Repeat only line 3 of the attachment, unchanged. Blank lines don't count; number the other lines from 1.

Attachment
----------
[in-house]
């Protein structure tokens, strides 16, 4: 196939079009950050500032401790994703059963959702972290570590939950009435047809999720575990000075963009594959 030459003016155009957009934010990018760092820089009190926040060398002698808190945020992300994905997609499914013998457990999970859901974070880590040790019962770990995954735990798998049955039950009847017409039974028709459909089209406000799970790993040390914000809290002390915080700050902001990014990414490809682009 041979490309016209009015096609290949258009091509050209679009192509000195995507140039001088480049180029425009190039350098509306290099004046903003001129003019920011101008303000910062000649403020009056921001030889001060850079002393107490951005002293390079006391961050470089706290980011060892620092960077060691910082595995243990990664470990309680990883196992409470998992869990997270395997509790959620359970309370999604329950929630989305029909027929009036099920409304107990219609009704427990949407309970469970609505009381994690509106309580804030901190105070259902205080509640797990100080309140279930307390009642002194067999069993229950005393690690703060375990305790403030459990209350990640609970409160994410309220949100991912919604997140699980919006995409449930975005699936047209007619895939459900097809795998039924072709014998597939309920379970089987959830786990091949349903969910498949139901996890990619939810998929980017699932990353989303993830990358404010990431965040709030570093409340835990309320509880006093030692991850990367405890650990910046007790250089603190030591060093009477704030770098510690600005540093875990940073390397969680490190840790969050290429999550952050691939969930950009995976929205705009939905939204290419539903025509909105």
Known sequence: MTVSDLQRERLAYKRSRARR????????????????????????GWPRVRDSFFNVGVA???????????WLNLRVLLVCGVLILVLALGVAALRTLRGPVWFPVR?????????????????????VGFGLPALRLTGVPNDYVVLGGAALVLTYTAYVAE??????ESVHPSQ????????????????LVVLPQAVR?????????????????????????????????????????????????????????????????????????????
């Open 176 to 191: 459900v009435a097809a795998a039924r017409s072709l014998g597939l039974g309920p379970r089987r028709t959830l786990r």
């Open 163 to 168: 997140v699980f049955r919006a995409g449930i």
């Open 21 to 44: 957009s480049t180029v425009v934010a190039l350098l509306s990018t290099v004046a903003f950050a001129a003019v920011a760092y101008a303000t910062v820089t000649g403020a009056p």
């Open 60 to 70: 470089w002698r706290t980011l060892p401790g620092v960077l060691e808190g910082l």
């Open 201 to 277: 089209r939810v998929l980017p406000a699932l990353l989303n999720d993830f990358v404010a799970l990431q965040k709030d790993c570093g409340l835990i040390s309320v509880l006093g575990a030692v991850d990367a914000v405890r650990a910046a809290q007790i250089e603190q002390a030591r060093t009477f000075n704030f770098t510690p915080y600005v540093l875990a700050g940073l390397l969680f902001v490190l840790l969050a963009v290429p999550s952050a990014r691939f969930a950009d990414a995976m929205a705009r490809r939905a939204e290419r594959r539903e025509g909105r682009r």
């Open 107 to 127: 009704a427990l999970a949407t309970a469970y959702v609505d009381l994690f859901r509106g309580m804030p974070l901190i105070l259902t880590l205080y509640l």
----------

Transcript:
Known sequence: MTVSDLQRERLAYKRSRARR????????????????????????GWPRVRDSFFNVGVA???????????WLNLRVLLVCGVLILVLALGVAALRTLRGPVWFPVR?????????????????????VGFGLPALRLTGVPNDYVVLGGAALVLTYTAYVAE??????ESVHPSQ????????????????LVVLPQAVR?????????????????????????????????????????????????????????????????????????????